The Jewish state faces criticism for being vindictive towards Mordechai Vanunu, an Israeli cold-war whistleblower, while celebrating the return of Jonathan Pollard, who sold American military secrets to Tel Aviv in the 1980s.

Jonathan Pollard, a civilian intelligence analyst for the US Navy,  received a hero’s welcome from the Israeli state, as he landed in the capital city of Tel Aviv on Wednesday.

Pollard spent 30 years in US prison for selling American military secrets to Israel, while he worked at the Pentagon in the 1980s. 

Pollard triumphantly kissed the ground at the Ben Gurion International Airport after he disembarked from a private plane provided by American casino magnate Sheldon Adelson, a billionaire supporter of both Israeli Premier Benjamin Netanyahu and US President Donald Trump.

The Jewish premier was waiting for Pollard and his wife Esther at the airport. He jubilantly presented them Israeli ID cards. “Welcome home,” he told the couple, “now, you can start a new life with freedom and happiness. Now, you are at home.” 

Moments after Israeli President Reuven Rivlin wrote on Twitter “Welcome home”. 

On Thursday, Intelligence Minister Eli Cohen from Netanyahu’s Likud party said Israel would give Pollard a pension, or stipend like ex-Mossad and Shin Bet agents.

When Pollard was working at the Pentagon, he gave more than 1000 unredacted messages and cables, 800 unredacted reports and publications to his Israeli handlers. He photocopied for Israel the massive 10-volume Radio and Signal Intelligence, RASIN, the precious manual is known as the “Bible”.

He was given a life sentence in 1987 after pleading guilty. He was released in 2015, and placed on a five-year parole period that ended in November. His return to Israel for sure gave Netanyahu a boost among right-wing and nationalist voters as he faces a substantial challenge for reelection in the March 23 elections. Pollard’s arrival was seen by Israeli media as “a special gift” from Trump.

Israel's Prime Minister Benjamin Netanyahu meets with President Donald Trump prior to signing the Abraham Accords, normalizing relations between Israel and some of its Middle East neighbors in a strategic realignment of Middle Eastern countries against Iran, during a meeting in Washington, September 15, 2020.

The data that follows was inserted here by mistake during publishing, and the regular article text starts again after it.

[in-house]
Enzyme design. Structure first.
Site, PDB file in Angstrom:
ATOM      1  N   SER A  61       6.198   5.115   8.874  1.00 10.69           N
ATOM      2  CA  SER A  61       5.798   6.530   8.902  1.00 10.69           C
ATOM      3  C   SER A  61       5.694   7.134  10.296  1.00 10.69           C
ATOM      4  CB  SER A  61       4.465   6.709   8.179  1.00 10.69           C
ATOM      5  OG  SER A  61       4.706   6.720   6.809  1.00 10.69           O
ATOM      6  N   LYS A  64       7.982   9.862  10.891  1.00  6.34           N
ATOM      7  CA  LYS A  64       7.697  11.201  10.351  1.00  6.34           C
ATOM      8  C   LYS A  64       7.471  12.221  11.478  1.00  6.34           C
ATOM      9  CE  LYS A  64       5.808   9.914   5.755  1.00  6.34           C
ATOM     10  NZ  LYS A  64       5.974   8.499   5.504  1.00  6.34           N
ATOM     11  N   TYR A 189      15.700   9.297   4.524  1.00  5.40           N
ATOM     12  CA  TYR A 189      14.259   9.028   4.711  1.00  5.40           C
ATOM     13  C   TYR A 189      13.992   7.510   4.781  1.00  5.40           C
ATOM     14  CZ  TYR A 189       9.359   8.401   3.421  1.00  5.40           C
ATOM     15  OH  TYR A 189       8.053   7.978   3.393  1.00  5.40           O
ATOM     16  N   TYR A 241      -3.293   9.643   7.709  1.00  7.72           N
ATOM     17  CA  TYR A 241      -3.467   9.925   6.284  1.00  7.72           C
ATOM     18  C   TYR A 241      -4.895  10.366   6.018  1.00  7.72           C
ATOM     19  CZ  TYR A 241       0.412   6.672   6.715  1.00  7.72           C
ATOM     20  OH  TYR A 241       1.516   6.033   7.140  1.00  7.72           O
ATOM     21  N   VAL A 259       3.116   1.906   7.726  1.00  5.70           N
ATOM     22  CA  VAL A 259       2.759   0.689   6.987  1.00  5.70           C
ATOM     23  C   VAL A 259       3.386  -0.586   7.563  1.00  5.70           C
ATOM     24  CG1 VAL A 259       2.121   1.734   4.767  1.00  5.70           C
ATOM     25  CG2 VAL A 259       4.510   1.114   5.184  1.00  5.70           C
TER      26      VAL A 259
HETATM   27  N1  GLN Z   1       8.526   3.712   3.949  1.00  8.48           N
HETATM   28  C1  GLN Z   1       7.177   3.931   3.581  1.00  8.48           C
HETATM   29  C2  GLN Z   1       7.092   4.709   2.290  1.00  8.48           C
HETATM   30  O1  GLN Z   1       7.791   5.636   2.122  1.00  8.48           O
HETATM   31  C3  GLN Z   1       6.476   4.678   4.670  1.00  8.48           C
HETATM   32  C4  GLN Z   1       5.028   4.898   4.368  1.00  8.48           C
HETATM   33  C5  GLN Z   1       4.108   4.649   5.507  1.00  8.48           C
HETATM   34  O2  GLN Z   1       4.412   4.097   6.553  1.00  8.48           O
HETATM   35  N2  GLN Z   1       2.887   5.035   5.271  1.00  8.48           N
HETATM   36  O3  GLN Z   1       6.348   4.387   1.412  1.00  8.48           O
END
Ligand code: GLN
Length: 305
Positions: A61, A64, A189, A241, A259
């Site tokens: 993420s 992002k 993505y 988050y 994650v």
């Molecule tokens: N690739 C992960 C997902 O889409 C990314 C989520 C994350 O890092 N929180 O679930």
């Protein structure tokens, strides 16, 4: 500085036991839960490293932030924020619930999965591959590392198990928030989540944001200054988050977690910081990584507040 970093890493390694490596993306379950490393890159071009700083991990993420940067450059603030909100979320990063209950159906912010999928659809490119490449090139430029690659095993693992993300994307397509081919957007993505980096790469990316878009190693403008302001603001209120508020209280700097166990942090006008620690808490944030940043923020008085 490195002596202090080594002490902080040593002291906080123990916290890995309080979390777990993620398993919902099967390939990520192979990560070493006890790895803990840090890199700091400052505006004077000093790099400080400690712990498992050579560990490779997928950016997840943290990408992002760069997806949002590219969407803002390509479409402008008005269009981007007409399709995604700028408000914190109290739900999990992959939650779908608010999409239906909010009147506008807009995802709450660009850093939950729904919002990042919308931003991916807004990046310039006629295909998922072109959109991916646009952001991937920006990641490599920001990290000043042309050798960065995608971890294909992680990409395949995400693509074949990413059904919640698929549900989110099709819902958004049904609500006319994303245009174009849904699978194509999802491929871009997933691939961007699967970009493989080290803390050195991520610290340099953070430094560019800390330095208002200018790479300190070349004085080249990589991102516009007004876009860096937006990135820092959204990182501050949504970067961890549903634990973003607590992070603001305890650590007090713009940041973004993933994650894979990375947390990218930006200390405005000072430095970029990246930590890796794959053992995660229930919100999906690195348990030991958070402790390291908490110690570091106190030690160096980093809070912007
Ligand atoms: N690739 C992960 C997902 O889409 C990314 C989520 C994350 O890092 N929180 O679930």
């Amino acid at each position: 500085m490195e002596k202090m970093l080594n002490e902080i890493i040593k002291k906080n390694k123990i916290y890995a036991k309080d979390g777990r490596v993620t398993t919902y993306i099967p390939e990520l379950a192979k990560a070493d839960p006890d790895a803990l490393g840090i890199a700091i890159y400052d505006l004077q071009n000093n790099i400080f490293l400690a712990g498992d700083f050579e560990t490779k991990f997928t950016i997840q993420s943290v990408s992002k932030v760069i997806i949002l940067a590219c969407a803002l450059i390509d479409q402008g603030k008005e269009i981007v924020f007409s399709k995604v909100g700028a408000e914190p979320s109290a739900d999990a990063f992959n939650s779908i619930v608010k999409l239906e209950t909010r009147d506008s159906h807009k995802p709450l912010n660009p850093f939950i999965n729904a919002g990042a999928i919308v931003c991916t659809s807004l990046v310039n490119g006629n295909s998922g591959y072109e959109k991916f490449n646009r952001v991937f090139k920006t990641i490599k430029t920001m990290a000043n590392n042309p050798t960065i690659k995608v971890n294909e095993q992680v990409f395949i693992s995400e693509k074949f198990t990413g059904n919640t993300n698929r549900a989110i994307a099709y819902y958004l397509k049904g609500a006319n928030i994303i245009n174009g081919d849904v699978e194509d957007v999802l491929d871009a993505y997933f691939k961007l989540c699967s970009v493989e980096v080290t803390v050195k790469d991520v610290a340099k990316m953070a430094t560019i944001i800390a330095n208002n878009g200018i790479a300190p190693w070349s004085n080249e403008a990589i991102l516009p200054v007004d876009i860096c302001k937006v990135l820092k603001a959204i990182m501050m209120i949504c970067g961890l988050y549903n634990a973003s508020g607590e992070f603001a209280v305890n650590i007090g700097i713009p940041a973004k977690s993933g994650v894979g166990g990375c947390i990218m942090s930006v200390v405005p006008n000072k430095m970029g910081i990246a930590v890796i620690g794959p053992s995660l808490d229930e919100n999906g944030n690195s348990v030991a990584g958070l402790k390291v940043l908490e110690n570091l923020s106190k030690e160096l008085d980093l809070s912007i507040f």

Israel's Prime Minister Benjamin Netanyahu meets with President Donald Trump prior to signing the Abraham Accords, normalizing relations between Israel and some of its Middle East neighbors in a strategic realignment of Middle Eastern countries against Iran, during a meeting in Washington, September 15, 2020. (Tom Brenner / Reuters Archive)

The Jewish state’s embrace of cold-war spy Pollard is shocking when compared to its revengeful treatment for a cold-war critic Mordechai Vanunu, who exposed some parts of Israeli nuclear program to a UK paper in 1986.

Vanunu, 68, was working as a radiation technician at the Negev Nuclear Research Center in Dimona, where international experts believe Israel developed nuclear weapons. He was fired from the centre in 1985 for his left-wing political views.

Following year, he gave an interview to the UK’s Sunday Times, in which he revealed details about the reactor along with some pictures he took without authorization. Following the interview, Mossad agents kidnapped him and brought back to Israel. Vanunu was jailed 18 years, eleven years of which were in solitary confinement. 

He was released in 2004, however, the Jewish state made his life “hell” since. He is not allowed to leave the country, enter a foreign consulate or embassy, come within 500 meters of an international border, port or airport or enter the West Bank.

His communication is under constant scrutiny by the Shin Bet, Israel’s internal security agency. He was restricted from speaking to foreign nationals, or journalists, the restriction was loosened several years ago though.

 In 2014, his request to visit London for several was denied. He had got an invitation to speak before the British Parliament, which was signed by 54 members of the parliament.

Vanunu has a Twitter account, and he uses it to post his selfie on the first day of every month. He does that to remind  Israeli officials of his case. 

 “They got their Israel spy Pollard, he is now free. So they can also give me my freedom, nothing left, no nuclear secrets left, and no one care about Israel’s nuclear secrets,” he wrote on Twitter at the beginning of December with many spelling mistakes.

In his January post, he said he hoped 2021 would be a year of “freedom" for him.

Vanunu has said Israel did not need the nuclear arms, “especially now when all the Middle East is free from nuclear weapons." "My message today to all the world is ‘open Dimona reactor for inspection,’" he said when he was released from the Israeli prison.

The true number of Israeli nuclear weapons still remains a big secret. But based on Vanunu's leak, nuclear experts estimated Tel Aviv possessed between 100 and 200 nuclear weapons. But, unlike Pollard he did not pass information to foreign intelligence services. 

It appears that for the Jewish state and Israeli right-wing, Pollard’s “aid” clears his criminality of the treason, but Vanunu still poses a threat.

Source: TRTWorld and agencies